For those who can't justify purchasing the full version of Adobe Acrobat to create PDF files, there are a lot of other options. Acrobat PDFWriter is a driver from Adobe that acts like a print driver and allows you to "print" to a PDF file.
PDFWriter comes with a variety of software packages. Many users will already have a copy of it running on their system.
Alternative software (some of it shareware) for creating PDF files is available for download at http://www.pdfzone.com/products/software/toolinfo_create.html. Additionally, many desktop publishing software packages have an "Export to PDF" function, which will work in a similar manner.
The first crucial part of creating a "bulletproof" PDF file is to make sure your source file follows PostScript conventions. As PDF files are essentially viewable PostScript files, the same care must be taken for PDF file creation that is taken when creating files for high end output (check out our May 2000 tip, Creating Output Ready/Camera Ready Art for further information). Some of the key elements for creating a file that will effectively write to PDF include:
- Using suitable graphic formats. Some graphic formats such as GIF are notorious for corrupting PostScript and PDF files. Where possible, stick to EPS or TIFF formats in your source file.
- Rotating bitmap images in their source application. For instance, if you use Photoshop, rotate your images in that software rather than your page layout or illustration package. Rotations that are not in 90 degree increments are especially volatile.
- Practice proper font usage. Many typefaces can be bolded or italicized whether or not there is a boldface or italic in their character set. If you are having problems writing to PDF, make sure that you have used bolding and italicizing properly. Sometimes the only way to determine this is to find the font file and view the options that are presented for it. The example below shows how the Times New Roman family contains a bold, italic and bolditalic version. These can be used without any problems. However, as you can see, the Stencil font does not have bold or italic faces. Many software packages will go ahead and make it italicized if you tell it to. However, italicizing this font when there is no italics in the "fonts" directory for it would quite possibly lead to a corrupt file.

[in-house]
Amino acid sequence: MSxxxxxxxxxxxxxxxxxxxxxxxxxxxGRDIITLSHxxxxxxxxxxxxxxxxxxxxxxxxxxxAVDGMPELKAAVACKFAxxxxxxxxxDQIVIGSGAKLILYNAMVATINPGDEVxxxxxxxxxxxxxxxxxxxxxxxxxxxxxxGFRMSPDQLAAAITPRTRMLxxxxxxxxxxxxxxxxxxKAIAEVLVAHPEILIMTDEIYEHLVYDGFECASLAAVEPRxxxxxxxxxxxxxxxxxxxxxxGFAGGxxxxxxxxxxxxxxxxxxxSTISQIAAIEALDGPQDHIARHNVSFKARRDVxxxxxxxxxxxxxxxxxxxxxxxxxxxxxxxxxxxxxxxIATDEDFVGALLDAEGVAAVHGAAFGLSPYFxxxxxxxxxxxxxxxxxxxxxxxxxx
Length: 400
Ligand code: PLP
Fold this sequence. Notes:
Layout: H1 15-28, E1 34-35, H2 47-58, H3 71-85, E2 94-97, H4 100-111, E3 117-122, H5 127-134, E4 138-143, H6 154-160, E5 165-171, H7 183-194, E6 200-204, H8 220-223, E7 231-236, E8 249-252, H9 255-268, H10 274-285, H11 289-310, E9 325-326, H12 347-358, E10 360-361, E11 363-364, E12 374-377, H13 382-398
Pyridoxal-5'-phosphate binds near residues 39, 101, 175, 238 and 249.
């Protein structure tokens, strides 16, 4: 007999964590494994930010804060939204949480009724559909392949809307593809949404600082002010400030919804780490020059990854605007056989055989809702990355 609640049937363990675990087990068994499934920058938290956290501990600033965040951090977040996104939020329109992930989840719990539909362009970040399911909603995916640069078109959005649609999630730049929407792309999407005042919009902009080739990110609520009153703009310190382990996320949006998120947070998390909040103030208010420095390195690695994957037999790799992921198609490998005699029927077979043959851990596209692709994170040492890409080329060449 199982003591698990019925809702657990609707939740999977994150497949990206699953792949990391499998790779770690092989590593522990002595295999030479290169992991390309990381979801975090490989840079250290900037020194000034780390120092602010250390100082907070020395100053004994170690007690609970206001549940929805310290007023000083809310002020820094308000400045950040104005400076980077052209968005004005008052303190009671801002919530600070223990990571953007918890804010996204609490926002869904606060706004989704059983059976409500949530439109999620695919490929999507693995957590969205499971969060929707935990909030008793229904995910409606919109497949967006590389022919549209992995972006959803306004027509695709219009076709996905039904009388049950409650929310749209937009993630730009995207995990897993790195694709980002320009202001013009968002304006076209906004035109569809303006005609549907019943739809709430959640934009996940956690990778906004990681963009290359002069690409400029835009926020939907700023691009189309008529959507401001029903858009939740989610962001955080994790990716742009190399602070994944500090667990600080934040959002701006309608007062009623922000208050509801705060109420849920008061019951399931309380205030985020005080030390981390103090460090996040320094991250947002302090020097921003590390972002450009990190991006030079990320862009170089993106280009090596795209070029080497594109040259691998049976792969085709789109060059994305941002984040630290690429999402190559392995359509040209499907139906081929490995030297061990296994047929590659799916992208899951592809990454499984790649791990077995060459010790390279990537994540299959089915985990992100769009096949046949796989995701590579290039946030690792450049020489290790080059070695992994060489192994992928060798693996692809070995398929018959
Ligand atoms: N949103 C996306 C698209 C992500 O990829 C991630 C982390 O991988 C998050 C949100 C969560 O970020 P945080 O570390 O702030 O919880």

The second crucial ingredient to a successful PDF file revolves around proper settings when printing to PDF. In general, your concerns here revolve around resolution and fonts. PDF is a great format because it allows automatic optimization of resolution for the medium in which the file will be used. Unfortunately for those of us in the print world, most PDF creation tools default to "screen" resolution. This is great for web designers, but makes for some bad looking printing if not corrected. There are a variety of resolution options and you will want to ensure that you have suitable resolution for your file to be printed with crisp, high resolution images. See Approximate scanning resolutions in 7 Steps To Scanning Success for guidelines as to what resolution you need.
Font subsetting is also an issue that comes up in PDF file creation. For the print world, you generally want to turn "subsetting" off and make sure the print options are set to "embed" all the fonts that you have used in the document.
For those who take the time to figure out how to create good PDF files, the rewards are well worth the efforts. If you want to take this step, the best advice is to try out the different options at your disposal and find out the best way that works for you. Don't be frustrated if your first attempts don't work perfectly. With perseverance you will soon find a solution that suits your particular situation.
We strive to be as accurate and current with our information as possible. Due to the infinite number of scenarios that occur in print & desktop publishing, we can not guarantee that the above information will be correct in all situations.